For all of 2013, I was on the hunt for a medical diagnosis for my son, who has a global delay of 45% and is functioning at the level of a 2 year old when he is almost 4 years old. I first noticed his delays when he still didn’t walk at the age of 18 months. At that time, I sought out early intervention services for him and had him evaluated. His speech, cognitive, fine and gross motor skills were all delayed and he was still drooling a lot for his age. So the hunt for a medical diagnosis began as he received speech, occupational, physical therapies and coordination through early intervention. With the help of therapy, my son was 21 months old when he started walking. His vocabulary, speech, fine and gross motor skills all started to develop at a faster rate but all the therapists noticed muscle weakness on the left side and his first physical therapist noted that it could possibly be mild cerebral palsy (CP). After I did some research on CP, I agreed with her.
As I continued to search for a diagnosis for my son, and specifically CP, I ran into several walls. An Early Intervention coordinator who didn’t believe he had CP and would not support a search for this diagnosis, a developmental pediatrician who refused to give a CP diagnosis because she felt I was only seeking disability income for my son, friends who didn’t understand that CP has varying effects on individuals and only recognized severe CP as cerebral palsy, a MRI that came back inconclusive, a neurologist who moved out of state and an orthopedic surgeon who noted muscle weakness too but could not give a diagnosis due to lack of severity. Finally, in December 2013, after pressing on, going from doctor to doctor, receiving word of mouth referrals from friends and therapists, to finally meeting with the actual neurologist (as opposed to his assistant) and armed with every test result and evidence, my son received his medical diagnosis of mild cerebral palsy, with muscle weakness.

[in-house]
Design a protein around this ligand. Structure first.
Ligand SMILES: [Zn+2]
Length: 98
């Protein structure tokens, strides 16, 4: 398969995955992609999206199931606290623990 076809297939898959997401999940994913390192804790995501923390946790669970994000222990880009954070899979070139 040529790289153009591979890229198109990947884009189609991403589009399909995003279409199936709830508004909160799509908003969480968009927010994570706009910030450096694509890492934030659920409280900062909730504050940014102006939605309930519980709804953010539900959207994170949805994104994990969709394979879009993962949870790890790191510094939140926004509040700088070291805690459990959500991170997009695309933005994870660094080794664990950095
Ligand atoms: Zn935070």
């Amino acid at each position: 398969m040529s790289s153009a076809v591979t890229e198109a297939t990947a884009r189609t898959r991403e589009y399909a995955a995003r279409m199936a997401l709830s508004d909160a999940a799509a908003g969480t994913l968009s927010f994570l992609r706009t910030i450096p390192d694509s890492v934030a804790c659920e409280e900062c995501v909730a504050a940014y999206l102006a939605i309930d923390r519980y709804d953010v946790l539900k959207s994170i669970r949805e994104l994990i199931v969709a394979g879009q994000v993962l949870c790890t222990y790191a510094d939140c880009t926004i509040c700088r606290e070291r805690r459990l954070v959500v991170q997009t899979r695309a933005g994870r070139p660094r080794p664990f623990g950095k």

Some of the events that could have caused my son mild brain injury (which is what cerebral palsy means – brain injury) are a CT scan I had early on in my pregnancy with him (before I knew I was pregnant), the umbilical cord wrapped loosely around his neck at birth, severe jaundice at 6 days old and a heart murmur (which eventually went away). Any one of these events (and other events too) or all put together can cause brain injury ranging from mild to severe and developmental delays.
All I can say to any parent or individual looking for a medical diagnosis, especially if it is suspected cerebral palsy is to never give up! Now I am looking for a medical diagnosis for myself for pain on my right side, and going from doctor to doctor once again.